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Sunday, August 16, 2009

Dyscalculia more common than dyslexia: stud

A new study has found that dyscalculia, a learning disability that leaves sufferers unable to deal with numbers, is more common than its literary equivalent, dyslexia.

The research which was carried out in Cuba, found that up to six per cent of children showed signs of dyscalculia, whereas a little more than four per cent had symptoms of dyslexia.

The research was led by Professor Brian Butterworth from University College in London.

He says it can badly affect the sufferer.

"You have trouble with time, you have trouble with money, you have trouble with any sort of simple calculation," he said.

"[You have] difficulty getting a job, keeping a job, worse health prospects and are more likely to get arrested. It's really disabling."

Tony Attwood, who has set up a support centre for the condition, says that children with dyscalculia need specialist teaching.

"Dyscalculia is at a state where dyslexia was 25 years ago - where everyone said 'we've got to teach them all the same. Sorry you can't cope and that's it'," he said.

"With dyslexia there's been a huge movement to get everyone recognised, to get everybody who needs the help, to have the help.

"And the same can be done with dyscalculia, as long as there's a will to do it."


hayesatlbch said...

At some point you have to read to solve math problems.

I would need more information about the study before evaluating work that finds a little over 4 % dyslexia rate (seems a bit specific and low)and then finds up to 6% have signs of dyscalculia.

I have never liked "up to" numbers
in general and it seems out of place in a math disability study.

Are these the same children in both tests? How is the overlap ?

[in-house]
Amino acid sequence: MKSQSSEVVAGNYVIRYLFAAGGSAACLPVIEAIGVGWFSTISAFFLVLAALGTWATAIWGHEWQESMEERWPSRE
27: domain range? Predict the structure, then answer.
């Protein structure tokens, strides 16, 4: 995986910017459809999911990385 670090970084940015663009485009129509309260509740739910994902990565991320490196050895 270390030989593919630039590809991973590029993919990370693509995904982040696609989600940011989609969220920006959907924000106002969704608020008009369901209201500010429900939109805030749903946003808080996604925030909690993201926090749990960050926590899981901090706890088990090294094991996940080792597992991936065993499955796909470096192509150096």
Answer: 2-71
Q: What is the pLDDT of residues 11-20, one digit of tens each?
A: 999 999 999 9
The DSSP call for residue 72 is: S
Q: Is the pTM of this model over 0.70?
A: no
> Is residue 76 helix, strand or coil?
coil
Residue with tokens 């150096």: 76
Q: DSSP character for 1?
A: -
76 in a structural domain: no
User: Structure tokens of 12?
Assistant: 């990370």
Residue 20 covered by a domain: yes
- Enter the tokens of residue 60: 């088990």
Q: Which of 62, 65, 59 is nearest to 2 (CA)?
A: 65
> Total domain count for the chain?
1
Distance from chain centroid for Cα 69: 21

Is there a reason that the professor did the study in Cuba ? Was the study done on pre school children where the quality of the instruction would not be important or how well was the quality of instruction evaluated.

Was there an effort to have equal definitions of lowered performance for both conditions?

Unless sample size was large enough to be accurate to be + or - 1% ( generally unlikely in studies that don't disclose # of subjects involved) is there really a difference between results of 4&6 %.

I am not saying the conclusion is not true. I have probably heard I don't like math more than I don't like to read.

Dollars to donuts there is a Math area of the brain. I looked at the University College web site and they do have an MRI in the professors department. Is this just the start for getting grant funding ? " Well after all there are more dyscalculics than dyslexics how can we fail not to study them."

I just googled Tony Attwood now I understand. Tony wants to teach dyscalulics and Butterworth has written a book on discalulic guidance.

I also noticed that people with dyscalculia and dyslexia both have an almost identical set of symptoms and would likely IMHO be the same people. They also both have visual problems so I can predict that my niche of visual dyslexia probably has a corresponding niche with visual discalculia where a small % of dyscalculics have difficulty seeing numbers to read them accurately.

I actually have heard some visual dyslexics complain about reading numbers and math symbols accurately and my See Right Dyslexia Glasses have corrected that for them. I just don't hear about the math problems much because my niche is visual dyslexia problems.

I will end now. I don't want to spam and I annoy enough people with my comments on what I think are poor conclusions reported by studies.

ERKO said...

YEs, Yes, Yes.

I agree that there are many more questions than answers not only about the info, but also about how it is framed.

I posted this in part because I found it odd that Cuba would be mentioned. Not a bad mention, to be sure, but an odd one nevertheless given so many different factors separating our two countries. (My family is Cuba, btw)

Also, it is part of a bigger picture of overdiagnosing every little difficulty. I believe it is part and parcel with our cultures definition of intelligence as being nature, not nurture.

I will continue to think about this and I really appreciate the comments.